"Commissions are still an important part of what we're doing in the future. It makes a lot of sense if you can get a couple of houses to go in on something and give an opera a chance to be heard more than once, and then give the composer the opportunity of doing it in the future. This season's Doctor Atomic was commissioned by San Francisco, but we and De Nederlandse coproduced the production, so that at least it was assured of two more hearings." [The 2008-09 run of Doctor Atomic at the Met will be a revised version of the San Francisco production.]

Although Lyric has been aggressive in offering community outreach programs, it is not currently planning to launch the kind of high-definition simulcasts the Metropolitan Opera began last season. "It's exciting, an adventure," Mason says. "It's wonderful to be an innovator, but sometimes in certain situations you're better sitting back and seeing where it goes, seeing where the economics of it are. I'm sure that what they will be doing in a few years will be much different than what they are doing now. They will have learned lessons, have made improvements. So when the time comes that there is some financial incentive to get into this, we will have had the opportunity to see what others have done."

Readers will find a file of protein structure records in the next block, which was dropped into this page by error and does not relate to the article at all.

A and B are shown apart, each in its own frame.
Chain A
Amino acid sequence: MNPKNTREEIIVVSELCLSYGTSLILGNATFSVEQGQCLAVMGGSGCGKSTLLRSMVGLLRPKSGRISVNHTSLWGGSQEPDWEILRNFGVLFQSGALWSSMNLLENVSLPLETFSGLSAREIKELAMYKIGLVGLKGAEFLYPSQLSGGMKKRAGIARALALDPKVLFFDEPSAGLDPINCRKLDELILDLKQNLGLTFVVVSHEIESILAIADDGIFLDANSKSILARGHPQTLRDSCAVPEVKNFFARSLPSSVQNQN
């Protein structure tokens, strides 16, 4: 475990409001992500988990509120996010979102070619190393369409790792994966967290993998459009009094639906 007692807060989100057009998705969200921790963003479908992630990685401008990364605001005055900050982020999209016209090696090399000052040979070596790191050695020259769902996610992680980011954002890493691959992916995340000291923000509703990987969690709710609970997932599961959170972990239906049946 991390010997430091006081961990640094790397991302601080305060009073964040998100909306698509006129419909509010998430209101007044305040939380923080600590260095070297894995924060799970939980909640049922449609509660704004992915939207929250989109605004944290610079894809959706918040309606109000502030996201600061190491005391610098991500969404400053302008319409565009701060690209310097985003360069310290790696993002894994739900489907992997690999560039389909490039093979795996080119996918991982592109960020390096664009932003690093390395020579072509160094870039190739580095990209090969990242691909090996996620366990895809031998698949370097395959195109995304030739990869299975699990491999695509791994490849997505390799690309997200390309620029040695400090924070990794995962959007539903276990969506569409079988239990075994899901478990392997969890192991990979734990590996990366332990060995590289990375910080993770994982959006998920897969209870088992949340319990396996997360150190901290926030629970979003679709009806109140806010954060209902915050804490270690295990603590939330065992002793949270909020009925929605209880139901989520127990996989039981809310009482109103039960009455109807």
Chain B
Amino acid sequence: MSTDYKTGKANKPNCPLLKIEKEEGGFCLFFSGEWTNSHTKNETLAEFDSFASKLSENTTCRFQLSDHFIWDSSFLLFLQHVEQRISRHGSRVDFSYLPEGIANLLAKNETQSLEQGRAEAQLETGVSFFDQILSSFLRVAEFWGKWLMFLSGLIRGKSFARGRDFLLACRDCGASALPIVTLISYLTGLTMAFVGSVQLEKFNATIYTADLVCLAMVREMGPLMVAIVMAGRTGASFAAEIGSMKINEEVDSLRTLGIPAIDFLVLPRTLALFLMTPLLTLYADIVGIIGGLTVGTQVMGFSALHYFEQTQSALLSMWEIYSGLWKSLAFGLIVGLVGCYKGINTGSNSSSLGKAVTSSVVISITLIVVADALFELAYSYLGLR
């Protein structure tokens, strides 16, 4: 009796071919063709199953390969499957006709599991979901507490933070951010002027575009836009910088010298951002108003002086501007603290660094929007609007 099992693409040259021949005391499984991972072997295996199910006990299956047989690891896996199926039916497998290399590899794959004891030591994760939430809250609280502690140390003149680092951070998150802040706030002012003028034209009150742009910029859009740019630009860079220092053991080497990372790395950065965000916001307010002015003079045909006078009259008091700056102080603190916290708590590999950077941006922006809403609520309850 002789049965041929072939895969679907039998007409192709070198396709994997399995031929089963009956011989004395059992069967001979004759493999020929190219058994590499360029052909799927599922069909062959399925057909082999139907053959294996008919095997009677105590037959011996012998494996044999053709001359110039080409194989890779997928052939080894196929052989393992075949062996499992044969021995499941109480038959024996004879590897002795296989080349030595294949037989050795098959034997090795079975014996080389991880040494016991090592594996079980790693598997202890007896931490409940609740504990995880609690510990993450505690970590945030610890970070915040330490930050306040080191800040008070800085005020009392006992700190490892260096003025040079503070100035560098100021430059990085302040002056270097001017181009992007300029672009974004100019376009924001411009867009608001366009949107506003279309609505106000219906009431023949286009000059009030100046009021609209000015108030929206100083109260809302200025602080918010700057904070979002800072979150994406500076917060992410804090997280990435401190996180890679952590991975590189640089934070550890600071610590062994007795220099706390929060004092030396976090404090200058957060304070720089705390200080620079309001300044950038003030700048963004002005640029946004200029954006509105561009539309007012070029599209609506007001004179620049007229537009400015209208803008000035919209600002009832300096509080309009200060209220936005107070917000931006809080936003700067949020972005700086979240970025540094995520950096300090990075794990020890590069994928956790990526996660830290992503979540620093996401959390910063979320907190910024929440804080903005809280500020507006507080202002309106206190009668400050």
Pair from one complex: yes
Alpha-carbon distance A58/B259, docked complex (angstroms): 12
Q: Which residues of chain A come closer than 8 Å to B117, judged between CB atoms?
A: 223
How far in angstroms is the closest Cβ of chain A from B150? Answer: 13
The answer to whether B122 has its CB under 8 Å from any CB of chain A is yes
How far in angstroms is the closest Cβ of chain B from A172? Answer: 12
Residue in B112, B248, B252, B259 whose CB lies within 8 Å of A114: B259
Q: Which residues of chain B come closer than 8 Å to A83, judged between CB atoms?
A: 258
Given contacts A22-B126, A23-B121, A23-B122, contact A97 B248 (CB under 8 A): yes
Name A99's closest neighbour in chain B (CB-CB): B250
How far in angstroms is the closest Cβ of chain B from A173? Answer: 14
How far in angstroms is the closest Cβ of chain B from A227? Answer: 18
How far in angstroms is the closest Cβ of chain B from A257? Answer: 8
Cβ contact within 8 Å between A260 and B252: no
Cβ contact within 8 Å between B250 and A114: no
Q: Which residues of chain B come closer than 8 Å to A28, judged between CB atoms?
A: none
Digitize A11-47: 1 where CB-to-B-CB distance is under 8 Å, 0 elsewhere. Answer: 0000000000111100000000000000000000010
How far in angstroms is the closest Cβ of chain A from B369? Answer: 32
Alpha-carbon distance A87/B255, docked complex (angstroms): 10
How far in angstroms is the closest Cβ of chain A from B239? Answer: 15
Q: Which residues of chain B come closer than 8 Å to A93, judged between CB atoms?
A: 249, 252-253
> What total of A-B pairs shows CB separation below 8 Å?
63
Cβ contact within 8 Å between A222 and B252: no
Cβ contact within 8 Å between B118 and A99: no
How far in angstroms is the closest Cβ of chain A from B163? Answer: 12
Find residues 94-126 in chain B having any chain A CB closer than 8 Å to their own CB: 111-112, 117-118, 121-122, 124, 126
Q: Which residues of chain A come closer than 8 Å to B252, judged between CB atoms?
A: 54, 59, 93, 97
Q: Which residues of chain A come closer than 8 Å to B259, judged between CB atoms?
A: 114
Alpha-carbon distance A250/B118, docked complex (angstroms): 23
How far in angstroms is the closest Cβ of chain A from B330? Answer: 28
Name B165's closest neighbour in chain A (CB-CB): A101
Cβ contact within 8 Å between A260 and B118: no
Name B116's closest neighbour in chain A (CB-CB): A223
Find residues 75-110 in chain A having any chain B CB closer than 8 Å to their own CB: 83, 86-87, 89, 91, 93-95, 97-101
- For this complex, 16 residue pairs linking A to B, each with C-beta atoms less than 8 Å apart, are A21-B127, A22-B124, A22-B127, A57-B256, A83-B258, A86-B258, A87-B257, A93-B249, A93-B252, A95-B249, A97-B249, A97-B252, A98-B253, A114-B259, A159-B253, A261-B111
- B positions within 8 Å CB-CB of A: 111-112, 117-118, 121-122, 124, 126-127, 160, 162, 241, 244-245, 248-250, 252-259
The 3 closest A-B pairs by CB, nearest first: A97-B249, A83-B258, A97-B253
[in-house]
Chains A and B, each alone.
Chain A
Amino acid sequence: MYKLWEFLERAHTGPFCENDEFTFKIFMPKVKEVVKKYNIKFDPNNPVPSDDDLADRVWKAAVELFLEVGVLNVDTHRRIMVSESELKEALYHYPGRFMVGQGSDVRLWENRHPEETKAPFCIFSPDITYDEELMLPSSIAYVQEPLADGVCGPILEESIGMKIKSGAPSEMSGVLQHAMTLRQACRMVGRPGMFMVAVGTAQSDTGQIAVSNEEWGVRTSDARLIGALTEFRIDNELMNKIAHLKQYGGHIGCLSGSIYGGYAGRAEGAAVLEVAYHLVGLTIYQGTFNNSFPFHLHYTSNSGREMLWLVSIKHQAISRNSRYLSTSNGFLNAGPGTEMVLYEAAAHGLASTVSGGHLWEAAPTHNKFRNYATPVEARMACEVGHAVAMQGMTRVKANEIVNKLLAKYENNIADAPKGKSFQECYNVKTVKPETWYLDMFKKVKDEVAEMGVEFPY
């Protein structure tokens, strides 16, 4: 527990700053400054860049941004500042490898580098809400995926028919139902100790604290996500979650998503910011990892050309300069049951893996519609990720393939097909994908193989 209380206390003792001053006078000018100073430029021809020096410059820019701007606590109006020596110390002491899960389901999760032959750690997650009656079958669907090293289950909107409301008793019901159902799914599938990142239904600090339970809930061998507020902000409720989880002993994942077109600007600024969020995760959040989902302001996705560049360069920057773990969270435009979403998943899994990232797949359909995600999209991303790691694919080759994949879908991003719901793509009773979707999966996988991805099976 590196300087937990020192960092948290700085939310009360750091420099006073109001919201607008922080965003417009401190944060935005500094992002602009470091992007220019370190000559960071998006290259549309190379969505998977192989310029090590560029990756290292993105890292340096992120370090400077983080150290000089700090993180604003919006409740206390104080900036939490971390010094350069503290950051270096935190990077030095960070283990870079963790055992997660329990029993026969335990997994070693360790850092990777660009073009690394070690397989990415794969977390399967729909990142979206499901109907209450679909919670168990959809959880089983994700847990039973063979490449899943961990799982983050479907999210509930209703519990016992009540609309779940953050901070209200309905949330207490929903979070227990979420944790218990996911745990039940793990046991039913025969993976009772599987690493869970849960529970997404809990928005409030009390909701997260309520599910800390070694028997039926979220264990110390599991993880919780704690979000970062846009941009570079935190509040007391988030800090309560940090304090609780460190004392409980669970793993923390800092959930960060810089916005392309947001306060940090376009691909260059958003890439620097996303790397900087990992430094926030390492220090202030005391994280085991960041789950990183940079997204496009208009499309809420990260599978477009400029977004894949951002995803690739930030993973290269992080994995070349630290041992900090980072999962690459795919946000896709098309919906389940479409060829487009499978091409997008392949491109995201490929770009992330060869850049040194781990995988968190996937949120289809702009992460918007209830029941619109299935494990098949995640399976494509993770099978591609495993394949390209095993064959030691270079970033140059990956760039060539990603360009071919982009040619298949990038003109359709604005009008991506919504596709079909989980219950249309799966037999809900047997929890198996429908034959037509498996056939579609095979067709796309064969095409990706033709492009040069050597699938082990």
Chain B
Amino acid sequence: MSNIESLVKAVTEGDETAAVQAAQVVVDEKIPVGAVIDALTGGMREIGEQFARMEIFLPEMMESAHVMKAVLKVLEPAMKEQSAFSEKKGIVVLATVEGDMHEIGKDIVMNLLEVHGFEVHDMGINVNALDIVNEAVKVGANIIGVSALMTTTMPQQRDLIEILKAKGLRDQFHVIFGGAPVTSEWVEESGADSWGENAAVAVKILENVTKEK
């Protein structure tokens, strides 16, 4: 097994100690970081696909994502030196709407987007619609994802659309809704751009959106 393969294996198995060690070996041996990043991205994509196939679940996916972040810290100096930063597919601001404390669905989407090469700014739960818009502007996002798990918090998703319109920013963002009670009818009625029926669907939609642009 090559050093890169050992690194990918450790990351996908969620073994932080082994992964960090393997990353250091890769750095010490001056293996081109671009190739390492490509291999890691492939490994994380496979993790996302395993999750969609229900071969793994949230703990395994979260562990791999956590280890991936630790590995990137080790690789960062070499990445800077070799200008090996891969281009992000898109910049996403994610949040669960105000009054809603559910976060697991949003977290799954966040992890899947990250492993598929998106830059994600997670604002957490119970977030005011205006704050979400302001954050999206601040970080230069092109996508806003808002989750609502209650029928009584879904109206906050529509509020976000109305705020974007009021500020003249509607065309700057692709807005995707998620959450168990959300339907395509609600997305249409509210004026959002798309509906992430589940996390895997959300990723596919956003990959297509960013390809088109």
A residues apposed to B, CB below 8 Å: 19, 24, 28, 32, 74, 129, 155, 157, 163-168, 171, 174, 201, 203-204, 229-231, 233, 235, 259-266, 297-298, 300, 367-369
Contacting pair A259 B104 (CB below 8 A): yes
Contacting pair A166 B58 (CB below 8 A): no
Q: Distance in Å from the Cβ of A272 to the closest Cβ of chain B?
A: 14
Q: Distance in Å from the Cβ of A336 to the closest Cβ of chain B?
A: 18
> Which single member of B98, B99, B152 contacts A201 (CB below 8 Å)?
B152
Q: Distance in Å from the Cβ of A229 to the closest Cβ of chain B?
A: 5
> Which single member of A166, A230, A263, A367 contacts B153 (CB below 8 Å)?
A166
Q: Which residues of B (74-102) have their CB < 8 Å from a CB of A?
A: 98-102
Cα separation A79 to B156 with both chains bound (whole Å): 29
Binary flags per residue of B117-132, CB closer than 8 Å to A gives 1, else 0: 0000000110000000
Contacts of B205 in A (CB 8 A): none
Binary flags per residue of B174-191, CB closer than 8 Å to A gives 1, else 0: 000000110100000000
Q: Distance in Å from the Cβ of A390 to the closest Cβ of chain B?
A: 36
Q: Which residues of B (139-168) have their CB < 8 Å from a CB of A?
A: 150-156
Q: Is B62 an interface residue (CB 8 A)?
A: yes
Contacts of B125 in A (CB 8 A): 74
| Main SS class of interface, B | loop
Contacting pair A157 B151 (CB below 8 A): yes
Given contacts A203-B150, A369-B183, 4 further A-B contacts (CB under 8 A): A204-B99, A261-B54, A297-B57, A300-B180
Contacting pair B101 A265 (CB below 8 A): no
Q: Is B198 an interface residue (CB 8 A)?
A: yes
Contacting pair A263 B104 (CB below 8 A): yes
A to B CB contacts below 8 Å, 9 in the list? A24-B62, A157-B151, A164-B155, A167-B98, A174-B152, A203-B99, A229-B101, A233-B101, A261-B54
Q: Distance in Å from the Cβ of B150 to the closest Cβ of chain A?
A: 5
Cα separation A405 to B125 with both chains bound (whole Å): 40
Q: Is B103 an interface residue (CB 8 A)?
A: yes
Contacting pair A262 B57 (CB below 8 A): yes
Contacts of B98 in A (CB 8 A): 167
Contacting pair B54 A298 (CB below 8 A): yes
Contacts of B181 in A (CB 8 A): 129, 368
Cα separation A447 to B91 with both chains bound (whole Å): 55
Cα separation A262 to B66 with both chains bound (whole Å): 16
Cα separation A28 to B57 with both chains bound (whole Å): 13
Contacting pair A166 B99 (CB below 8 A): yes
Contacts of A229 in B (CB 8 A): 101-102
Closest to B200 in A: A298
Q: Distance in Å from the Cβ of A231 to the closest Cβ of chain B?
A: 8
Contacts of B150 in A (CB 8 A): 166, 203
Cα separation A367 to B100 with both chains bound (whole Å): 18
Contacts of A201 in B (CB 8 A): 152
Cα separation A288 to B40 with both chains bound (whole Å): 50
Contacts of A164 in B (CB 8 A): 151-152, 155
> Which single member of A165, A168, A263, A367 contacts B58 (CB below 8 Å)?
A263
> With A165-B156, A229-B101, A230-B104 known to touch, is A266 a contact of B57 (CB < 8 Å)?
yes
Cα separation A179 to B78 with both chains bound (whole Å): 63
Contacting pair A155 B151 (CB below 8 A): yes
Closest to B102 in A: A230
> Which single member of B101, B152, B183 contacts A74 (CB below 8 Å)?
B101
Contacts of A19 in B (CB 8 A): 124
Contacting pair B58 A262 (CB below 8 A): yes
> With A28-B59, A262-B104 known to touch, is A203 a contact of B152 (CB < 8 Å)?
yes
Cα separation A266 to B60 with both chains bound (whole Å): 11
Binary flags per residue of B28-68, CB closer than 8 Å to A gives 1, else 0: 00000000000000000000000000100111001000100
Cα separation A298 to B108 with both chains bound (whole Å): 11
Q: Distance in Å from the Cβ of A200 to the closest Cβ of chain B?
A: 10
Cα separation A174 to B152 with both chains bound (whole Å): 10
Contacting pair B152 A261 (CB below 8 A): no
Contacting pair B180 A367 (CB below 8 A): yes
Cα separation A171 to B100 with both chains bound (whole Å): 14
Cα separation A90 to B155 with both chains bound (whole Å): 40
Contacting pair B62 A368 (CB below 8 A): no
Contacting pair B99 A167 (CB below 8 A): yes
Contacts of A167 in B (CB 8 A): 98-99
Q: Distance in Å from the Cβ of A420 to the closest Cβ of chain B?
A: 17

If Bill Mason is consistently conservative, it is because conservatism has worked for the Lyric. He has built on the Krainik legacy of fiscal caution within a context of artistic excellence but is alert to the possibility of erosion of the subscription base if productions veer too far from what Chicago expects. About his goals for the next decade, Mason laughs, "Well, I'm not going to be here for the next decade - not for all of it. I'm sixty-five years old. I took this job, fortunately, at a much easier time. I'm glad I had three or four easy years in the job, so that when the tough times came, I was better set up to deal with them. My goal for the company is for it to continue to remain healthy and prosperous, producing excellent and varied work. When I took the job, my only thought was to leave the company in as good shape as it was when I found it. Personally, that's still my goal."

MEGAN MCKINNEY is a Chicago-based magazine-writer and columnist.